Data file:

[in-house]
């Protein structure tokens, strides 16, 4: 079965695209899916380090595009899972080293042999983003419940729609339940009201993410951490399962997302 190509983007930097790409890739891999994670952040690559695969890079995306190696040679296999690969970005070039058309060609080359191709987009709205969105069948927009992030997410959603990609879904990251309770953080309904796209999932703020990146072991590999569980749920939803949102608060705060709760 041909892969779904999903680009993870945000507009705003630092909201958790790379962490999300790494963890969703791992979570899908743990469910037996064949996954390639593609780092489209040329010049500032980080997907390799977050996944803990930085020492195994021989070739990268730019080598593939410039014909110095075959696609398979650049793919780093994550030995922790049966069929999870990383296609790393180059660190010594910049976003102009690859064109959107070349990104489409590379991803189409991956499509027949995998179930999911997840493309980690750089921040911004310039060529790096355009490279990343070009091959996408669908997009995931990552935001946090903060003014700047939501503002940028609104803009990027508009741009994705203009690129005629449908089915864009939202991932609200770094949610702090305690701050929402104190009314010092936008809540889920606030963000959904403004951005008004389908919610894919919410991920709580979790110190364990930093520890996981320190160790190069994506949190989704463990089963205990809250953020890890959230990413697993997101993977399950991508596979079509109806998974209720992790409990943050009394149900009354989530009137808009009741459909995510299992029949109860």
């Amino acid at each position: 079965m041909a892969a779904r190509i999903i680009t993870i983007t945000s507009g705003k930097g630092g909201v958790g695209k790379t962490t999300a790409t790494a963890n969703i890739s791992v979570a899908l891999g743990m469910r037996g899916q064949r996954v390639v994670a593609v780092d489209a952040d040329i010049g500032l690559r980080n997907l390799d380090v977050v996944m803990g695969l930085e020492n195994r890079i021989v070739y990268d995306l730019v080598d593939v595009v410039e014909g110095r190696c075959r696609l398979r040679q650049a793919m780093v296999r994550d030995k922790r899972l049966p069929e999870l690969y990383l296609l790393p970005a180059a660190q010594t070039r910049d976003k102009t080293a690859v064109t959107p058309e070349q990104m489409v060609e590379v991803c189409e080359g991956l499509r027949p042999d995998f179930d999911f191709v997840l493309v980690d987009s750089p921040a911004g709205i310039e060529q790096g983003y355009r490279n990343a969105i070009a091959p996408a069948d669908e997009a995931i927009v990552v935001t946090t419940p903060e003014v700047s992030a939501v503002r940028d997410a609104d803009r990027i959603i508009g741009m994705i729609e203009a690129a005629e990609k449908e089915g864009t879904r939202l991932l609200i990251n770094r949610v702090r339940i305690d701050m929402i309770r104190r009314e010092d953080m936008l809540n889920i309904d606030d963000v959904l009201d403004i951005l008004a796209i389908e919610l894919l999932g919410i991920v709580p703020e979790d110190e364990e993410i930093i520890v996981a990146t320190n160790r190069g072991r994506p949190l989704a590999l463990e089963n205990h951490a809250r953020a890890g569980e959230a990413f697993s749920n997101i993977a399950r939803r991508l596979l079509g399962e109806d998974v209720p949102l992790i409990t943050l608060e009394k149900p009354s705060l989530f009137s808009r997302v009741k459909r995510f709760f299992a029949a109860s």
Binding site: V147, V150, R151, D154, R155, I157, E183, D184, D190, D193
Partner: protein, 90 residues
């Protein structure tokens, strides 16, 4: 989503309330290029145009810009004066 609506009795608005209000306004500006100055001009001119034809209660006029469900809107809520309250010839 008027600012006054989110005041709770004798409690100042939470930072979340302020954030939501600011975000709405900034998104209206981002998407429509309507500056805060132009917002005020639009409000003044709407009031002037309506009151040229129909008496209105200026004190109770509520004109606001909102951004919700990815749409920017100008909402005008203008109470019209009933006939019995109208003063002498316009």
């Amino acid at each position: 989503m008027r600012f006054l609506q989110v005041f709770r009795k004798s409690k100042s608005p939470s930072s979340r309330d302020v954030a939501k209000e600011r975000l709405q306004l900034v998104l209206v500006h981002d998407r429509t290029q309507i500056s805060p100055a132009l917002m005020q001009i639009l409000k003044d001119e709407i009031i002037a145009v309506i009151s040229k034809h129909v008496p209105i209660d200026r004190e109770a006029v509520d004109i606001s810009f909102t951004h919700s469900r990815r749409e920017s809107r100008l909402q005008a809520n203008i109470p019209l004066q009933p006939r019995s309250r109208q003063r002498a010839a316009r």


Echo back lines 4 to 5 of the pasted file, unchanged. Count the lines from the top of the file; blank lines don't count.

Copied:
Binding site: V147, V150, R151, D154, R155, I157, E183, D184, D190, D193
Partner: protein, 90 residues